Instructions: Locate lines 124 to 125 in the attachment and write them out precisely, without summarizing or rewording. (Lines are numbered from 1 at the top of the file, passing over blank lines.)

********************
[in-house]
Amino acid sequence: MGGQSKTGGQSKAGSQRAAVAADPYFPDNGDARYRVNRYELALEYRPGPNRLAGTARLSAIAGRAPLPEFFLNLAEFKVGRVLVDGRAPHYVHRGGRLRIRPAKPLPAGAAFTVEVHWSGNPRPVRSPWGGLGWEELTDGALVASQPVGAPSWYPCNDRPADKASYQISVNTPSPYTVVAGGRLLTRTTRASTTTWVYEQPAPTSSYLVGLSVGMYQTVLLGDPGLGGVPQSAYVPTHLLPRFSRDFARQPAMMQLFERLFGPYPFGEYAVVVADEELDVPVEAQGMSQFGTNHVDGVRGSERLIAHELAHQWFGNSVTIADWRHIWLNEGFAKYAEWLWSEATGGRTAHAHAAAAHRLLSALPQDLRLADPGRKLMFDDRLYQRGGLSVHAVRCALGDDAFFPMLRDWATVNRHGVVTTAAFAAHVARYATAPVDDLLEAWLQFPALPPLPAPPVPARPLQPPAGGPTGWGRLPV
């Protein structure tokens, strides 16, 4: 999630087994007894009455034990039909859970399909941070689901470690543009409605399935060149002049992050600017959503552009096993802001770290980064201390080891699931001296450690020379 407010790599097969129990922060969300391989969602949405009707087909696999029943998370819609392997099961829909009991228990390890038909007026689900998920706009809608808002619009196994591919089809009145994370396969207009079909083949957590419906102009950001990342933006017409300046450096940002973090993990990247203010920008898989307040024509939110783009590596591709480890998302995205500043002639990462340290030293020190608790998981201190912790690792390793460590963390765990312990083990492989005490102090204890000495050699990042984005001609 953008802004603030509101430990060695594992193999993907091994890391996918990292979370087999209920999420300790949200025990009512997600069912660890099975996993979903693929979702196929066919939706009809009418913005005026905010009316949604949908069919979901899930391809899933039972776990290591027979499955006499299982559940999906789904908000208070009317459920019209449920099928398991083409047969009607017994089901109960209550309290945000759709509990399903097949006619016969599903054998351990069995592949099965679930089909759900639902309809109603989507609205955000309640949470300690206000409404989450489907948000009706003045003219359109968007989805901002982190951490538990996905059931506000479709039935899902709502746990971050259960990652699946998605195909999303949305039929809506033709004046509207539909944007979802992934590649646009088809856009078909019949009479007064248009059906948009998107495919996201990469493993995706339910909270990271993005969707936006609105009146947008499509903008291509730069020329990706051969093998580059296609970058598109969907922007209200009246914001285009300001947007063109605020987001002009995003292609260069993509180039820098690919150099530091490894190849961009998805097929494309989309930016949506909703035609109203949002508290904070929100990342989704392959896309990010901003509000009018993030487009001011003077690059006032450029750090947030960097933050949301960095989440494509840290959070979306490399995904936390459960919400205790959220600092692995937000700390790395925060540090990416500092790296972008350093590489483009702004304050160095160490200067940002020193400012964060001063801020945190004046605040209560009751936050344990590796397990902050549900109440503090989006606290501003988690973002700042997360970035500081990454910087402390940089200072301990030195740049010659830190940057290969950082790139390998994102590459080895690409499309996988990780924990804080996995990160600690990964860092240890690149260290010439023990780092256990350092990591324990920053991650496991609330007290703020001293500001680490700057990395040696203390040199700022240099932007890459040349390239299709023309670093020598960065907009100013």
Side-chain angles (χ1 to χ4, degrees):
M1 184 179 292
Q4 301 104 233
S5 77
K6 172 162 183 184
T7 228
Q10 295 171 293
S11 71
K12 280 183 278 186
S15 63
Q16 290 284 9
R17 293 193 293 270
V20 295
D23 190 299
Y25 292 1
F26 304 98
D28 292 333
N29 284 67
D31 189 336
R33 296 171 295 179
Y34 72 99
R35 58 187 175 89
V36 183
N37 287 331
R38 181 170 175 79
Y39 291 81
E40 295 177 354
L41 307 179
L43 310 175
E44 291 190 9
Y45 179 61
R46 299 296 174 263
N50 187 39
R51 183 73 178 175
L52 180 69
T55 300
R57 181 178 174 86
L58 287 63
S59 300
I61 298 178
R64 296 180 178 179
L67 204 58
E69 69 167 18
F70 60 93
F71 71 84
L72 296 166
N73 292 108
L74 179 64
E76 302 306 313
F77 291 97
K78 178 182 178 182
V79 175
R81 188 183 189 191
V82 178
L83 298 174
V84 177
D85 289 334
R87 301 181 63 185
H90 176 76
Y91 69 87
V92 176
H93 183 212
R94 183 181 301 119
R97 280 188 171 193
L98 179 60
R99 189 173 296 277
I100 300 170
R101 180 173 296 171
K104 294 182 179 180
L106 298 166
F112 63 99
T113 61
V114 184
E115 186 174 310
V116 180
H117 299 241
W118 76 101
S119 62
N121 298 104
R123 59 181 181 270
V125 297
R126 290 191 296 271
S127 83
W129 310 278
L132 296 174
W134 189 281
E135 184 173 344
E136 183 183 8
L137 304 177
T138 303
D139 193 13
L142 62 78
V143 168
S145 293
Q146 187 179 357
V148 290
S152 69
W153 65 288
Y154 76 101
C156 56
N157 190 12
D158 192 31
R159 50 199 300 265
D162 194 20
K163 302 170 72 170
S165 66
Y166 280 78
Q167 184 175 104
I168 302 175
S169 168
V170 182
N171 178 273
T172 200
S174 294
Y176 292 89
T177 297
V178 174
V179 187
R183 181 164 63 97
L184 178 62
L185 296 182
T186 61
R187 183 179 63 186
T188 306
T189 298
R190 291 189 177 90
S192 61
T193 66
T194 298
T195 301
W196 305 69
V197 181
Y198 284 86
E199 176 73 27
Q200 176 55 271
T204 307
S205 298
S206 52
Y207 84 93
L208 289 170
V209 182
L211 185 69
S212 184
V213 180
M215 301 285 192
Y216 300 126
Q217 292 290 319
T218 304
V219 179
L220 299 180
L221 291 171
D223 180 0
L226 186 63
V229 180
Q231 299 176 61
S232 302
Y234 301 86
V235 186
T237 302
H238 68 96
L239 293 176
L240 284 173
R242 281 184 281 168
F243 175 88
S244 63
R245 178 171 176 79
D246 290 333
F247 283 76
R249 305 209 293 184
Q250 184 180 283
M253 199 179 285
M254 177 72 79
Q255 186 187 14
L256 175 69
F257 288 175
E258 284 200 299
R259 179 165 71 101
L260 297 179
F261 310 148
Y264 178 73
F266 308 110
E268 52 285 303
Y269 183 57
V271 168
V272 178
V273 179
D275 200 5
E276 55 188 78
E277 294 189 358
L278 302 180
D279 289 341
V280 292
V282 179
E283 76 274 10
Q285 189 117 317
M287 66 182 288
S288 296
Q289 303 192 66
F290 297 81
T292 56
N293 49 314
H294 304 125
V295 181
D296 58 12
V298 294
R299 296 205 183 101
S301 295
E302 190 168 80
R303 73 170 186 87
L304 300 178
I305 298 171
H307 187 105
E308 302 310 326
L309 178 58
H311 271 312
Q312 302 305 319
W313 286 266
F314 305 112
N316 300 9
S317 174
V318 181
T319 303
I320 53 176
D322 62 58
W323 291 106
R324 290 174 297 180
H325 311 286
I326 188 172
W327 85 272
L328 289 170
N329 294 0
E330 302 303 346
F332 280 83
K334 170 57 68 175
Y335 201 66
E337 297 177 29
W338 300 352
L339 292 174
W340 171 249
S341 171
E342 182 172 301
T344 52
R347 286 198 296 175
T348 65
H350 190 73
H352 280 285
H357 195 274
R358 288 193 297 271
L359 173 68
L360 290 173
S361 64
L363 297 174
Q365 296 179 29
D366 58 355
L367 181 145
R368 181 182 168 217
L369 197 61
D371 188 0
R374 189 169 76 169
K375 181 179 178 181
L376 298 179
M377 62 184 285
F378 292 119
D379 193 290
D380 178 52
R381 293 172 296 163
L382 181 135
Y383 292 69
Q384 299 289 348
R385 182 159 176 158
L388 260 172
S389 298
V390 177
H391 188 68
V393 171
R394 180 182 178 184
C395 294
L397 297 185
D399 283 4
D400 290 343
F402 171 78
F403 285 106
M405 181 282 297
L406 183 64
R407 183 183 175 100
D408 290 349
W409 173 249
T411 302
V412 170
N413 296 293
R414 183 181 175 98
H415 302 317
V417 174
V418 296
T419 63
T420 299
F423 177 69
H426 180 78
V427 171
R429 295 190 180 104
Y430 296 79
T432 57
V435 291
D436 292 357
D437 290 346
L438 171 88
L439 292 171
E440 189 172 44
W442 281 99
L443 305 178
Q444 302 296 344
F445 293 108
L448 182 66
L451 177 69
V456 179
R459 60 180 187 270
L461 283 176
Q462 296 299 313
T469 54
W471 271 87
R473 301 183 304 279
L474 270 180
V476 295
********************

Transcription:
L185 296 182
T186 61